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Epic Games revealed the new Unreal Engine 5 with a stunning PlayStation 5 demo, and it’s a massive relief to game developers. These are our honest thoughts in the most layman’s language.

In a demo dubbed “Lumen in the land of Nanite,” Epic revealed the power of Unreal Engine 5 (UE5) running live on a PlayStation 5 hardware. The 8-plus minutes long video shows a character exploring some caves and ruins, revealing an incredible level of detail with dynamic lighting and shadows.

The goal of Epic Games, according to their blog, “is to achieve photorealism on par with movie CG and real life, and put it within practical reach of development teams of all sizes through highly productive tools and content libraries.” And they did it. For a moment, you would think it is a scene from a top-grossing cinema. Think of tomb raider.

However, it might be hard to appreciate the concepts and leaps UE5 brings to the gaming community if you’re not a game developer or graphics professional. In this article, we will try to explain everything you need to know about the Unreal Engine 5.

Unreal Engine powers most video games in the world, such as Fortnite and PUGB. It runs on most platforms, including consoles, PC, Android, and IOS. UE5 is an upgrade to Unreal Engine 4, which powers most of the current video games. The primary beneficiaries of UE5 are the next-generation consoles, PlayStation 5 and Xbox Series X.

What makes Unreal Engine 5 so good?

Nanite

Nanite is the main technology behind UE5. It’s a fully virtualized geometry that allows artists to import film-quality source art comprised of hundreds of millions of polygons directly to the Unreal Engine without optimizing them to hit higher frame rates. Nanite can then stream and scale the geometry in real-time, so you won’t be concerned over poly counts, memory, or draw call budgets.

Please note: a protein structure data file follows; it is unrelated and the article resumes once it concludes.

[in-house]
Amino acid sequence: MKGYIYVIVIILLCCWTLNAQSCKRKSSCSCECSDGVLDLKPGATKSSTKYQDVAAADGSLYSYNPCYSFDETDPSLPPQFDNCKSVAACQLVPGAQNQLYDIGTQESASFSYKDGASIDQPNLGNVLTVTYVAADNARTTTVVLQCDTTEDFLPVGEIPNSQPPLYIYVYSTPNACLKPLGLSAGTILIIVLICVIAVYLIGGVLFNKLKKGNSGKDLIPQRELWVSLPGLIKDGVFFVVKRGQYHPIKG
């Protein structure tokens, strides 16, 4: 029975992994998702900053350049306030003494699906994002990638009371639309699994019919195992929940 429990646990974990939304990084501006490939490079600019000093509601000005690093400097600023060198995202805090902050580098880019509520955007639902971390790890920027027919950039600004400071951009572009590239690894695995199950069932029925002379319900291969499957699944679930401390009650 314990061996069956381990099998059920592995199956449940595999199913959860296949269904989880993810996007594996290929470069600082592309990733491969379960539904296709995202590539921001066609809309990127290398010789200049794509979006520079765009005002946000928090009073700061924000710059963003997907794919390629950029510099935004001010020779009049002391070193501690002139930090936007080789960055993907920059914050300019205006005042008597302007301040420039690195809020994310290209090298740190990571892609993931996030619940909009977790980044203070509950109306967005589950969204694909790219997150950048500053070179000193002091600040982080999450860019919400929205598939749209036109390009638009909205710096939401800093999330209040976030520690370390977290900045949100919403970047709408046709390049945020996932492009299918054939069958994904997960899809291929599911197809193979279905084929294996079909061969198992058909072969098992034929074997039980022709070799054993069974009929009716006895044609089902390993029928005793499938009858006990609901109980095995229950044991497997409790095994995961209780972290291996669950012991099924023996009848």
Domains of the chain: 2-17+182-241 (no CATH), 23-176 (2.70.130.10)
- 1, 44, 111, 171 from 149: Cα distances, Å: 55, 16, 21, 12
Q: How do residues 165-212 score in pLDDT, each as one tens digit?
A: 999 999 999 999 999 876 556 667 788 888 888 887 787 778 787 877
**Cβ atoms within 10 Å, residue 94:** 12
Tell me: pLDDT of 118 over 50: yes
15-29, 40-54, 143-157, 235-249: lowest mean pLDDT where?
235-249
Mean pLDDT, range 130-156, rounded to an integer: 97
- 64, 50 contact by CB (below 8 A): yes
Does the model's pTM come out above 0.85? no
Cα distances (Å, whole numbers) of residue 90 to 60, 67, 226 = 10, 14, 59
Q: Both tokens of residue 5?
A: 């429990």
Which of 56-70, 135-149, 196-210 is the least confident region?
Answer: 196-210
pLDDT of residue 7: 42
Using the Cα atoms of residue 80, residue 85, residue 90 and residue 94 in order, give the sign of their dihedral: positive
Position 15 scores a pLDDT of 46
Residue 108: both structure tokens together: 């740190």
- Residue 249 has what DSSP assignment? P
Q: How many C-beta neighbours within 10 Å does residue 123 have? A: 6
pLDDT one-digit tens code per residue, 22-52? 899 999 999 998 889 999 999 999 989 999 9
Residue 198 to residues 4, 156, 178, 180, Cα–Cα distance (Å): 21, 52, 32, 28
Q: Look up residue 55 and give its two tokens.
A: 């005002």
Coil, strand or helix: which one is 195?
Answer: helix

This means to the game developer that you no longer have to optimize geometry game engines or fake tessellations on objects anymore. Instead, an artist can focus on creating better visuals with realistic and large worlds.

The ability to import film-quality source art, such as ZBrush sculpts, without optimization, makes developers’ lives easier, saving significantly on time and costs.

Nanite renders a large number of triangles (polygons) very quickly, so many triangles that some can be the size of a pixel. In a part of the video, there is a room with a statue that Epic says it was imported directly from ZBrush, comprising of over 33 million triangles. And there are about 500 such statues in the room, which leads to over 16 billion triangles.

The high triangle count gives the scenes in a game the cinematic, photo-realistic, and lifelike appearance without the need for baking of normal maps.

Lumen

Another concept of UE5 is Lumen, a truly dynamic global illumination with multi-bounce lighting. Developers need not bake lighting in the game worlds anymore, as Lumen dynamically does everything for you. For instance, on the introduction of a flashlight or blowing a hole on the ceiling, the engine automatically reacts to the scene and light changes.